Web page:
Dennis Fisher commented on October 22, 2008 at 1 p.m.

@Mart: I ran without Nautilus drawing the desktop for a week to try the Compiz wallpaper plugin, and I don't remember having a problem with lack of automount. It could be that that just happened to be the one week where I never plugged in a USB drive, but I don't *think* it was.

I did notice some other minor erratic problems though, like not always being able to use the scrollwheel to switch desktops because of some weird focus issue, and I think startup times were slower for some reason, because during that week I would get notifications popping up before the panel and therefore covering it up, but now that I'm back to Nautilus drawing the desktop the panel always pops up first with the notifications properly stacked on top of it.

mike commented on October 22, 2008 at 1:03 p.m.

@Mart: No, nautilus still runs, and draws the BG, just no icons on it (disable/enable via gconf).

Mart Raudsepp commented on October 22, 2008 at 1:25 p.m.

I don't see any disable/enable icons from gconf other than show_desktop - and disabling that also makes nautilus not run unless you are viewing a folder with it, at least in 2.22. This is mighty fine for me, as I don't need to loose 20MB just for nothing, but with 2.22 automount handling was rewritten into nautilus instead of gnome-volume-manager for no particular reason, and gnome-volume-manager-2.22 made to by default not to automounting to not get it twice, so as an end result there is no automounting if no nautilus process is running and gnome-volume-manager hasn't been recompilde with automounting enabled (if it is for the case when nautilus isn't managing desktop, then when you happen to have a nautilus folder/browse view up and plug stuff in, you get automount twice, two nautilus windows pop up, etc).

Anyhow, this is mostly off-topic for this blog post, other than a side-note about lack of icons on desktop in the post :)

PS: I got a nice django debug page when trying to post this the first time, regarding database being locked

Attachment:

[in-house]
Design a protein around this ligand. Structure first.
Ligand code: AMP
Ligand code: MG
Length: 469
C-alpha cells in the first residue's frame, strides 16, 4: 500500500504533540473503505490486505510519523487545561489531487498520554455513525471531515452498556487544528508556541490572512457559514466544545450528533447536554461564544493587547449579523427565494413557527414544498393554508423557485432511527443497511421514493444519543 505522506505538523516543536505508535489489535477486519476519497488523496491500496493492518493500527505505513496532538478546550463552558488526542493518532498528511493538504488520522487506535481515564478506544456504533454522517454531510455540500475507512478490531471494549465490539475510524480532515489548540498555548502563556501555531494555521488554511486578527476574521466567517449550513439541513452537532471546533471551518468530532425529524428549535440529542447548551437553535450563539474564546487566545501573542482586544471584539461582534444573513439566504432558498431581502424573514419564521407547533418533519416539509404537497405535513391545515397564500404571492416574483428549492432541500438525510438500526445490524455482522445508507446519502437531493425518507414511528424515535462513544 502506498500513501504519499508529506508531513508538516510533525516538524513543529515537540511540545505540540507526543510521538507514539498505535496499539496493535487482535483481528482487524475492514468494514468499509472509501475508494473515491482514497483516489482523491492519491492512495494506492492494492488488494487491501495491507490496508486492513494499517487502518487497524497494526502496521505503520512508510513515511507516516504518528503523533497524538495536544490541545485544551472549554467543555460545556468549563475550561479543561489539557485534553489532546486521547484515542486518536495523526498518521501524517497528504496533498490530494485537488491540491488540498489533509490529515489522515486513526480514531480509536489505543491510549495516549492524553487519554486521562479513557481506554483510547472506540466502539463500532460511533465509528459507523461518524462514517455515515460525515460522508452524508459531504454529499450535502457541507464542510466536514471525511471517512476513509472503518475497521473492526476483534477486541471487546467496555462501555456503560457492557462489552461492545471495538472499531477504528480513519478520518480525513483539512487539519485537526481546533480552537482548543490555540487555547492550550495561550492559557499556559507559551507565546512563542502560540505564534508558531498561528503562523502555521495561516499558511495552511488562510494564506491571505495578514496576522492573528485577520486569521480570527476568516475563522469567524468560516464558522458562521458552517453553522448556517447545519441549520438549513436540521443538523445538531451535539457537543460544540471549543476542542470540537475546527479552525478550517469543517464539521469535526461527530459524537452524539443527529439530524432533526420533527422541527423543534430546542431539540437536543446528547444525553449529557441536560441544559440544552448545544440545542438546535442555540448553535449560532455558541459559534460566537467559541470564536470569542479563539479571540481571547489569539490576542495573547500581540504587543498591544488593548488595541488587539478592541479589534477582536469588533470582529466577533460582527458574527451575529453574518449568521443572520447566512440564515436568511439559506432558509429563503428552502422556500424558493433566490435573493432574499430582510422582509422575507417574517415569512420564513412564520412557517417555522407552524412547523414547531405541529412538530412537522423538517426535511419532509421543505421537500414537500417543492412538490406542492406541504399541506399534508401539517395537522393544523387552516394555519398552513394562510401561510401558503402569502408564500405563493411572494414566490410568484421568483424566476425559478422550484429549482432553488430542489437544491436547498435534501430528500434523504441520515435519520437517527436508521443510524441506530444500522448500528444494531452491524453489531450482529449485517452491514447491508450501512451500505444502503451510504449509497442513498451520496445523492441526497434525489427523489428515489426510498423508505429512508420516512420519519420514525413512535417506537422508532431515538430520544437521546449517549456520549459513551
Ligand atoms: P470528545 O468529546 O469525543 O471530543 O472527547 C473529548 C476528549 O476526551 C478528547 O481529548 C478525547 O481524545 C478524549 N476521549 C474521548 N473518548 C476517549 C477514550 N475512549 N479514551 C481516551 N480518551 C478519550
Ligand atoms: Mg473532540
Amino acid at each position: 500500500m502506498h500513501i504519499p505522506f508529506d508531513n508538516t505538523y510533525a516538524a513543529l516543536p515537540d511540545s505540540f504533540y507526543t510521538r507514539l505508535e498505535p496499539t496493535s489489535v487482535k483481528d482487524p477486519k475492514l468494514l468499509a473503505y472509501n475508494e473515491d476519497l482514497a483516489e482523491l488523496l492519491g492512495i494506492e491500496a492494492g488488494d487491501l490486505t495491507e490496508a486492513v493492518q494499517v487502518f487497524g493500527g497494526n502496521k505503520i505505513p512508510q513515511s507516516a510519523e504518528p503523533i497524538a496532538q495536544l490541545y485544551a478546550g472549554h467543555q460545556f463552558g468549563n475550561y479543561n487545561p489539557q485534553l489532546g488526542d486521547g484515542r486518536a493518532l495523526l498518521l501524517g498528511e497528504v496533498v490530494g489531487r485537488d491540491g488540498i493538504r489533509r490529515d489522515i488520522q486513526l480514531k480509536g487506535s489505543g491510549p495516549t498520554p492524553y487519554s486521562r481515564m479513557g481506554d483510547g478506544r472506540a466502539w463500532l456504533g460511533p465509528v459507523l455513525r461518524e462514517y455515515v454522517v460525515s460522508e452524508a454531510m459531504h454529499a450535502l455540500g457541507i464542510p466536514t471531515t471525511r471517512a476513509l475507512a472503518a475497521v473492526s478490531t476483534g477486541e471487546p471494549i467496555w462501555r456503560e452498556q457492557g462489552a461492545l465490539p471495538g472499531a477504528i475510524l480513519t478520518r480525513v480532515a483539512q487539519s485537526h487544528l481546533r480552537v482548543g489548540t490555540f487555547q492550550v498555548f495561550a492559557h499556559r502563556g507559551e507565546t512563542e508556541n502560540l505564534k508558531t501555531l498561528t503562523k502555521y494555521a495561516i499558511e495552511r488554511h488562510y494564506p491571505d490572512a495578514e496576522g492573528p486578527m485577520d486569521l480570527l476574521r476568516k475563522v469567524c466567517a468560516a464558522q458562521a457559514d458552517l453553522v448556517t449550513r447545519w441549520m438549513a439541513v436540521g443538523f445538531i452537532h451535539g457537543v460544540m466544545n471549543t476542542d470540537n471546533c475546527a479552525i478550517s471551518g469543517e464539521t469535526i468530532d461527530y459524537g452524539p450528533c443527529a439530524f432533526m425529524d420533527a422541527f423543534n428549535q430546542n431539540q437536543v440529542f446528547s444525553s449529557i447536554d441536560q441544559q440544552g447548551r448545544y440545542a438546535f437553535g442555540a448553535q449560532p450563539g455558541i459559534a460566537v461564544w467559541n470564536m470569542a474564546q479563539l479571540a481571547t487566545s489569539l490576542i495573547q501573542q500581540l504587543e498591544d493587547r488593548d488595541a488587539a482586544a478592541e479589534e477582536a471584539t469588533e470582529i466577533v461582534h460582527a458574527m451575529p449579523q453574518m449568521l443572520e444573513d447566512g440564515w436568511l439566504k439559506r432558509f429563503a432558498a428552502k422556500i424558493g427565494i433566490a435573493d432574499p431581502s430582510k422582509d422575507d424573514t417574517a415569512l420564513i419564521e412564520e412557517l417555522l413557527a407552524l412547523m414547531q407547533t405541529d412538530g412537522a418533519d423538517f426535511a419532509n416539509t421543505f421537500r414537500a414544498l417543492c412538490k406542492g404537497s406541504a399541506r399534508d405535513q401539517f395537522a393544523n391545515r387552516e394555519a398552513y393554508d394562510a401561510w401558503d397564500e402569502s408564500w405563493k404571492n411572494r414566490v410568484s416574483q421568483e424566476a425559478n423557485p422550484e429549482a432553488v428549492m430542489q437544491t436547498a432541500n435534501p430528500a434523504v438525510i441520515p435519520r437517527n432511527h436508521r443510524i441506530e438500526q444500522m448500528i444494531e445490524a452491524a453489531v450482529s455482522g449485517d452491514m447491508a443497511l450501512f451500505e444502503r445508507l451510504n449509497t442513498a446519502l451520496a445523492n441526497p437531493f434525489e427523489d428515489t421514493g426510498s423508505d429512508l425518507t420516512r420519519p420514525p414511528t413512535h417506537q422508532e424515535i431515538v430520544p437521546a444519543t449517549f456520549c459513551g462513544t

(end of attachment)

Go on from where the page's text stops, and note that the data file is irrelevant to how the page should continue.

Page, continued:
The Dude commented on October 22, 2008 at 7:26 p.m.

michael schurter commented on October 22, 2008 at 8:17 p.m.

Man, totally forgot you could uncheck "Expand" in Panels' Properties. That just freed up a bit more whitespace on my desktop!

fwiw, I don't use any application-launching mechanism that requires either: more than one click (panel launcher) or more than a few keystrokes (gnome-do!).

I'm neither an OSX fan nor user, but thats one thing they got very right: anything more than 1 mouse click for commonly used applications is a waste of people's time.

Chris Parker commented on October 23, 2008 at 10:23 p.m.

Every time I check out GNOME planet, I see all sorts of crazy nonsense. Every month or two it seems like a group of developers want to redefine the entire desktop, when the current desktop is hardly defined at all.

If I want to write a GNOME application, where should I go to get real documentation on using all of the underlying technologies? Are there documents that will give me an answer on how and if I should use bonobo or dbus or all of the other libraries out there? Nope! But, they want to redefine the desktop almost every month.

Natan Yellin commented on October 25, 2008 at 7:47 p.m.

That's not related to future plans for the desktop. I agree that the docs are awful, but we also need to focus on improving the experience for users.